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Ugly home insurance development

By Jay MacDonald · Bankrate.com
Tuesday, March 12, 2013
Posted: 6 am ET

If a stealthy new option on the revised standard homeowners insurance form catches on, it may soon cost you more to maintain your home's appearance.

As Insurance Journal reported last week, a revised homeowners insurance form was filed in most states in February by the American Association of Insurance Services, or AAIS, one of two organizations that design standardized forms and policies for the property and casualty, or P&C, industry.

The revised form includes a new "cosmetic damage exclusion" option that would excuse your home insurer from paying to repair cosmetic wind and hail damage to your roof, walls, doors and windows. The form also allows insurers to limit the exclusion to a single part of the dwelling, such as the roof.

Policies containing the exclusion would still pay to repair functional physical damage to the insured home, i.e., its ability to keep the weather outside.

The other P&C standards organization, ISO, also wrote a cosmetic damage exclusion into its recently revised standard commercial insurance form and is considering adding it to its new homeowners insurance form as well.

AAIS spokesman Joseph Harrington says the 330 insurance companies that use AAIS forms requested the change as a tool to help manage a recent increase in cosmetic damage claims. While some insurers may choose to apply the exclusion on a policy-by-policy basis, Harrington expects most will either apply it across the board or not use it at all.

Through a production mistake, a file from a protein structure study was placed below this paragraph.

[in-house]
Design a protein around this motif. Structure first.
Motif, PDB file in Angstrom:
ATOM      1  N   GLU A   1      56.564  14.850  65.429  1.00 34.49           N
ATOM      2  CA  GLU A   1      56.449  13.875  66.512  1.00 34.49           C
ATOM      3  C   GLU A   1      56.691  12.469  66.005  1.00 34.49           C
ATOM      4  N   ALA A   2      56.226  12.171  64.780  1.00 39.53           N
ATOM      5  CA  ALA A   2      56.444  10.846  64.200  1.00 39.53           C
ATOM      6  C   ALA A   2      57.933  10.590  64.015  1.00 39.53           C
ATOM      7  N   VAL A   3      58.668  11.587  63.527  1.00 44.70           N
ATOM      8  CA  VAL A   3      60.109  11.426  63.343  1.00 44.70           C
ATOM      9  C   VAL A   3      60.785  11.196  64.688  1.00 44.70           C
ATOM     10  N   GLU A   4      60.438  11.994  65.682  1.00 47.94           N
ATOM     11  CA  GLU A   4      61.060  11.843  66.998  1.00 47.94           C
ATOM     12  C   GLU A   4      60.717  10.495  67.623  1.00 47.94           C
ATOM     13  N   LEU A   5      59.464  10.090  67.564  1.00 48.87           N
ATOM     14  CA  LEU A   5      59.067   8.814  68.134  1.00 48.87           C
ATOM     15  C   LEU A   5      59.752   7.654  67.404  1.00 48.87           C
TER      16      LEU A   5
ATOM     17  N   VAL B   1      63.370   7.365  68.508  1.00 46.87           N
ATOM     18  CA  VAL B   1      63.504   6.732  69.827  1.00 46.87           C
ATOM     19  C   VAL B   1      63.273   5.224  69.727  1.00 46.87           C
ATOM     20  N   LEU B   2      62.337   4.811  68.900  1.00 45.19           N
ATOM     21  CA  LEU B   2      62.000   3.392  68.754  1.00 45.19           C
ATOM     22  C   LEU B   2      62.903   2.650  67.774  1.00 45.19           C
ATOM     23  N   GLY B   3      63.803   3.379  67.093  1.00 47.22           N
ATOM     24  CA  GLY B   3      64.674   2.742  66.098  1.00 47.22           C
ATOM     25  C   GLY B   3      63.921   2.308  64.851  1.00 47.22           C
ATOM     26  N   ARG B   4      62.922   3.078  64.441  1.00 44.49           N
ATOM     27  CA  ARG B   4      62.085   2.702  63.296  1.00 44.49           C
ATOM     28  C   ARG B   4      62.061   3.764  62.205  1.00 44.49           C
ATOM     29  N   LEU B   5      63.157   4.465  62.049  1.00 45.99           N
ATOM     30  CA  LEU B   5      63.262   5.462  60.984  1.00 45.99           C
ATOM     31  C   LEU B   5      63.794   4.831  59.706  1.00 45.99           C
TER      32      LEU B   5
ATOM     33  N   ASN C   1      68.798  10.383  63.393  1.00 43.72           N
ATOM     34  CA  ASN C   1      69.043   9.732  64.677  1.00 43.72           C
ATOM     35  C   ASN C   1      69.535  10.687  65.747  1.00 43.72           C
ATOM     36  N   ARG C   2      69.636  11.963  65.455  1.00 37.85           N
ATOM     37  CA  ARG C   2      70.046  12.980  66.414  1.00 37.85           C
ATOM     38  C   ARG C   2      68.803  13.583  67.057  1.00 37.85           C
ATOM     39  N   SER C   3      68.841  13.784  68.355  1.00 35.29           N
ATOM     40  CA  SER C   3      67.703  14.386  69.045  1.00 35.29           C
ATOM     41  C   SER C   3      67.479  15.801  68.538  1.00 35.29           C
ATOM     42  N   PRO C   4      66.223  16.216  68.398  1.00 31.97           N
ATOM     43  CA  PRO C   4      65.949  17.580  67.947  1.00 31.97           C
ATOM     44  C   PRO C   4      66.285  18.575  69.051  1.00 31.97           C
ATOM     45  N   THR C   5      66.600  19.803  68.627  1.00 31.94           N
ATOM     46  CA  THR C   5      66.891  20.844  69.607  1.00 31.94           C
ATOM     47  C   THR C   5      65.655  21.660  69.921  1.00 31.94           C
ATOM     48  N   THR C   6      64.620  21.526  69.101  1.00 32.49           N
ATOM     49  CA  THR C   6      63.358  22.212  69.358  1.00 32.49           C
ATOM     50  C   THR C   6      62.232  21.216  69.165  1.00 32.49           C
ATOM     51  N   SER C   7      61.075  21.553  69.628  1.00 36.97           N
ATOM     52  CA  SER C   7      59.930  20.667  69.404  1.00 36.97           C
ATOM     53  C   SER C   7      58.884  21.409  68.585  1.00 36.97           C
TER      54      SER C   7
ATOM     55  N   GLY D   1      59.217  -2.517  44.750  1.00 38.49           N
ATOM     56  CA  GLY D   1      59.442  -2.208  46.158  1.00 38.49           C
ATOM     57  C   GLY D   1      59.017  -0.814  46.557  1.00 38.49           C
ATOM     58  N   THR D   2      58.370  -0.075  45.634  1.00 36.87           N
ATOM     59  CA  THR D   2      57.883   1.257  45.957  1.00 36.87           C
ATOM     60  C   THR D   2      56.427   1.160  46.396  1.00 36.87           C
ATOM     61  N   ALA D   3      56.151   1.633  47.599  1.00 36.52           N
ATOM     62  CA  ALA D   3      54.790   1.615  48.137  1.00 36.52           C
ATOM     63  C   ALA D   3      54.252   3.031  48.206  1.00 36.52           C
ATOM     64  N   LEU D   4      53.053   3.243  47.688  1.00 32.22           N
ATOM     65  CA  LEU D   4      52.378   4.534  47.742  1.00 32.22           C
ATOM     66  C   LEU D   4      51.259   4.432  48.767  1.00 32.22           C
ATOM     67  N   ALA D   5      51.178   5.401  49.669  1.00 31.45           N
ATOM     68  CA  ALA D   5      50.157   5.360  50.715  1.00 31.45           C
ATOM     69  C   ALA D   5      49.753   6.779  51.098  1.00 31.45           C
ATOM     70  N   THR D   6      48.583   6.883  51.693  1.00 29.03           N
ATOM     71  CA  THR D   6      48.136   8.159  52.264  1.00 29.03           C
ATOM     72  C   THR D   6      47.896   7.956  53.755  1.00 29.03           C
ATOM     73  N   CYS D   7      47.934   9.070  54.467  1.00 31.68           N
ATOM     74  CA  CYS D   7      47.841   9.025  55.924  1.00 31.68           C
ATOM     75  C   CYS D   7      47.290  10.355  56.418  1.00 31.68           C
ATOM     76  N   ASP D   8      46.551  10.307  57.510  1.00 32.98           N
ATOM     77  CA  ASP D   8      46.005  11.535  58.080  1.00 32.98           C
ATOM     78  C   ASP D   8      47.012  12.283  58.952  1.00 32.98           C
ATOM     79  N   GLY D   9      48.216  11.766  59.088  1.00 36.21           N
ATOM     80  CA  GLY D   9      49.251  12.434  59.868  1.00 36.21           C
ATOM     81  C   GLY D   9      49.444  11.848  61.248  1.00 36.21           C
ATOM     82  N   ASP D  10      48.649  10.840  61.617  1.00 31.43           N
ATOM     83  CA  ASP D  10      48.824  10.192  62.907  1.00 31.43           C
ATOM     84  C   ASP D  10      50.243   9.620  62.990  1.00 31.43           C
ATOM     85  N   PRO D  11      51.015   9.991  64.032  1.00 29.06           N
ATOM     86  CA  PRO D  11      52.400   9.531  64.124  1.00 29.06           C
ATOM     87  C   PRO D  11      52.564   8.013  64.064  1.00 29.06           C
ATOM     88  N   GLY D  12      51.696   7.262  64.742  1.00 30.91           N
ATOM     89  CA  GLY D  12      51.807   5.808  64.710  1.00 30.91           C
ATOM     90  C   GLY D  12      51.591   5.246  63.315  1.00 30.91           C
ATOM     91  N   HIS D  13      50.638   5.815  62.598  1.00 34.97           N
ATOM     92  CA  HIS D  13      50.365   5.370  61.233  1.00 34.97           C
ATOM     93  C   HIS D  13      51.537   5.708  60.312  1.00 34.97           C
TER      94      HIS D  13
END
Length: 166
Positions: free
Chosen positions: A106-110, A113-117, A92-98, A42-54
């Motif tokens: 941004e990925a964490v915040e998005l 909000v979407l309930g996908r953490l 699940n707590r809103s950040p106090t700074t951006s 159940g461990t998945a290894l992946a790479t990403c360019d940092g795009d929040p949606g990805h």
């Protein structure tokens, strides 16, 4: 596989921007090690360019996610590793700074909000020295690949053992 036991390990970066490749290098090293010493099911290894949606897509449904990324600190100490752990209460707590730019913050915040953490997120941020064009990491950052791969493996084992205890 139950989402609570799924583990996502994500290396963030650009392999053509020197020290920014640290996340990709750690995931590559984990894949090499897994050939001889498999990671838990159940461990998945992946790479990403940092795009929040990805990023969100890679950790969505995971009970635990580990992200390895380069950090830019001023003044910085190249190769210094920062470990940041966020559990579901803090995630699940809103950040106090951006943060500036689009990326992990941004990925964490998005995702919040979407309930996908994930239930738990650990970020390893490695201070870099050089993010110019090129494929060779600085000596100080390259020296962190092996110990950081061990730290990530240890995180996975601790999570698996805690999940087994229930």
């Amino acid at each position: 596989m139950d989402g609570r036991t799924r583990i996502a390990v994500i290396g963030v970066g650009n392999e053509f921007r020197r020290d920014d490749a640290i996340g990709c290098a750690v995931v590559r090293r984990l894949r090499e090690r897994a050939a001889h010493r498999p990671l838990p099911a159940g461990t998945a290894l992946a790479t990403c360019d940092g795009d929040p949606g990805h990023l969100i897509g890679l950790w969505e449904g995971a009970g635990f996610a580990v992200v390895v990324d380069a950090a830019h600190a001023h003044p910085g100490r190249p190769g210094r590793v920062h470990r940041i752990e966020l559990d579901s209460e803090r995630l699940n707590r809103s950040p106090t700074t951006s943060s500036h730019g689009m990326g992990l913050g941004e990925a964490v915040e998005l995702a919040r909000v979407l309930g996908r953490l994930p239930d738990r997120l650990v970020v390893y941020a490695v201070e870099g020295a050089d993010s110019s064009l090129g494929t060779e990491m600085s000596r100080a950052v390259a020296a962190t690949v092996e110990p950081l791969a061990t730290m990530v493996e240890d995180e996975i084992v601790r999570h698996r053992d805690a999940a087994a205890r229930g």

On the surface (so to speak), the cosmetic damage exclusion seems like an ill-timed nickel-and-diming by home insurers whose pleas for rate increases have lately fallen on deaf ears at state insurance departments.

Why, a homeowner might well wonder, should I submit to a sketchy bit of hair-splitting that gives my insurance company discretion on what constitutes cosmetic damage, especially in traditionally hard-hit geographic areas like the Midwest, where this shell game is likely to be popular? And how might this potential blight affect our already-struggling property values?

Many home insurers no doubt hope that this option will become the new norm. But once homeowners get wind of it, there's a fair chance it may backfire and simply drive business to the agencies that refuse to use it.

Would you buy a policy from an insurer who couldn't care less what your home looks like?

Follow me on Twitter: @omnisaurus

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48 Comments
r-gordon-7
March 13, 2013 at 10:57 am

No doubt they will shortly do what they so often do after adding a new exclusion - offer to sell a new product, "cosmetic insurance" or a "cosmetic rider", to "buy back" the newly excluded risk - but of course only at the expense of a new or increased premium for that newly optional coverage far above whatever portion of our existing premiums they had been using to calculate the risk for the type of loss they will now be exclusing from the new standard form (and for which new exclusion there will of course be no reduction in premium - for that they will instead use their usual line, something like, "this exclusion allows us to keep from increasing our premiums as much as we otherwise would have had to increase them...")

Kevin
March 13, 2013 at 10:43 am

I would refuse to sign off on this exclusion. This is nothing short of "pure greed and evil."

Average Joe
March 13, 2013 at 10:35 am

The bottom line is, well, the bottom line. Insurance companies primary focus is profit. Despite their claims to the contrary, just look at the profit they post annually. When was the last time you saw any insurance co. post a loss for the year? (not including mom and pop operations) As long as the insurance industry owns congress, you will continue to be gouged by them.